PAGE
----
Orbitals beyond the outermost orbital are bound to neighboring atoms and can move widely in space (also known as free electrons).

We need to distinguish between electrons that can move freely and those that cannot.

It is easy to understand this by using energy.

This is the band diagram. The orbitals in which electrons can move freely are called the conduction band, and those in which electrons cannot move freely are called the valence band.

fig.z Relationship between bands (zones) and energy

Notice : translate from Japanese to English

バンドギャップ(禁止帯) : Band gap (forbidden band)

バンドギャップエネルギー : Band gap energy

バンド図 : Band diagram

Let’s look at the diagram above. There are three types of bands.

There are three types of bands: the valence band, the prohibition band, and the conduction band.

The valence band is full of electrons and cannot move. In the forbidden band, there are no electrons.

In the conduction band, there are electrons, and these electrons have high energy and can move freely.

So how do electrons in the valence band move to the conduction band, which has higher energy, and become free electrons?

The electrons in the valence band receive light energy from the outside and move up to the conduction band.

Conversely, the energy can drop from the conduction band to the valence band and the electrons can move there.

When this happens, the electrons lose energy and settle back into the valence band, emitting light.

This luminescence is the light produced by the semiconductor.

However, if the band gap is too large,

there are not enough free electrons in the conduction band to begin with (when the band gap is too energetic to bring electrons from the valence band), or it is difficult to make the semiconductor emit light (because the number of electrons in the conduction band is too small),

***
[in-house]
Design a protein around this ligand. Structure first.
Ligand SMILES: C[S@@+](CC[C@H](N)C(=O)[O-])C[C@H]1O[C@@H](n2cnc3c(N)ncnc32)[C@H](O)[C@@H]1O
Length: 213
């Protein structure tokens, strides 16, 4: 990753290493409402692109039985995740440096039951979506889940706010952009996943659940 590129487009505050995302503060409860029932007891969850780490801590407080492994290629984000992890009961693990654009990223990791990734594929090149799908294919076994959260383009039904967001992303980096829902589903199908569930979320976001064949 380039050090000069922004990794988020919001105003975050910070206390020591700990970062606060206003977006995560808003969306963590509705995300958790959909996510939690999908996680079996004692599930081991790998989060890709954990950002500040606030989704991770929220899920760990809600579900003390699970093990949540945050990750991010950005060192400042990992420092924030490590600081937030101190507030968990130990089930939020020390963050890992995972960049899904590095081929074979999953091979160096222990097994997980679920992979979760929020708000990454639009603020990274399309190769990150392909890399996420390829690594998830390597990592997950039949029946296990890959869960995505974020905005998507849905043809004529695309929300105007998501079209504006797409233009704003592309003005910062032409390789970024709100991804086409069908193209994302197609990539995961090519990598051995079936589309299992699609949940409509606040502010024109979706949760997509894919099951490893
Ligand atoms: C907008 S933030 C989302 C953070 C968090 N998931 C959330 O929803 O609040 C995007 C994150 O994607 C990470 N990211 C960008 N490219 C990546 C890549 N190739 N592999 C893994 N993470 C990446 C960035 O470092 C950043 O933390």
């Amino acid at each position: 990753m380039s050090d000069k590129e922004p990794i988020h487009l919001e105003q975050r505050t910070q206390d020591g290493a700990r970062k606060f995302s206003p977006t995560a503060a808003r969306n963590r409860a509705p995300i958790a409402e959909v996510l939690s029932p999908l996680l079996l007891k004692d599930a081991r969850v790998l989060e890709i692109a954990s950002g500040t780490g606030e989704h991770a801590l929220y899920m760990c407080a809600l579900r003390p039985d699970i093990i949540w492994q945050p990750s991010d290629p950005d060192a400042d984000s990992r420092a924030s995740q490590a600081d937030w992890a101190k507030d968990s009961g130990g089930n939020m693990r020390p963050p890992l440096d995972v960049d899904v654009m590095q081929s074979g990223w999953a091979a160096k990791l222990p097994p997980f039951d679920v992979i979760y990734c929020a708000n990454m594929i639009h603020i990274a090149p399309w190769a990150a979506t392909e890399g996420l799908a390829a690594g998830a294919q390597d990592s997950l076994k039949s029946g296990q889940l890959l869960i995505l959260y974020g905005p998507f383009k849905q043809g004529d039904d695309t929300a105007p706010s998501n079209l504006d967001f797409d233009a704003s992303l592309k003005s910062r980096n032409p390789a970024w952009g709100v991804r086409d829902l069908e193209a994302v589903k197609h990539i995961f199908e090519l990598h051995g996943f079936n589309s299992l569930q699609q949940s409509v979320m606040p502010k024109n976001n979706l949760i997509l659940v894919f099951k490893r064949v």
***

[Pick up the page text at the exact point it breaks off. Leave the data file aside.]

so it is necessary to narrow the band gap Therefore, there is room for various improvements, such as narrowing the band gap by ingenuity, and researchers are doing various things to improve it.

The band gap energy of silicon is 1.1 eV and that of GaAs is 1.42 eV. As you may have already noticed,

devices that use this energy increase by receiving light or decrease by emitting light fall into the category of light-receiving or light-emitting devices,

so you can now see the relationship between electrons and light in semiconductors.

Thus, there is an energy conservation law between electrons and light.

This means that the required light energy corresponds to the size of the band gap, and the wavelength differs according to these correspondences, and different wavelengths mean different colors. For example, the band gap energy of Si of 1.1 eV corresponds to a light wavelength of 1.1 μm ($$1.1×10^{-6}$$m), and the band gap energy of GaAs of 1.42 eV corresponds to a light wavelength of 0.87 μm (870 nm) (see below).

Since visible light is the region of light that the human eye can perceive, in the case of Si, it corresponds to the case of infrared light, which is not visible when light is emitted, and in the case of GaAs, it also corresponds to visible light, where red is just barely visible.

I believe that the dots of what I have discussed so far can be connected like lines.

In semiconductor engineering, the unit of energy is not J (joule) but eV (electron volt).

1eV corresponds to the kinetic energy received by an electron when it moves between electrodes with a potential difference of 1V, since e represents the amount of charge (electric elementary quantity) of one electron.

Of course, it is possible to convert the unit to J, but it is easier to use eV for convenience of handling.

For example,

$$1eV=1.602×10^{-19}J$$

But obviously, the value on the right side would be troublesome when dealing with 1.42eV, etc. Thus, we also need to choose units flexibly.

Also, the energy of light is according to quantum mechanics (which I will talk about when I get a chance),

$$E=h×ν= \frac{hc}{λ}$$

can be expressed as (Planck constant h, speed of light c, wavelength λ, and frequency ν).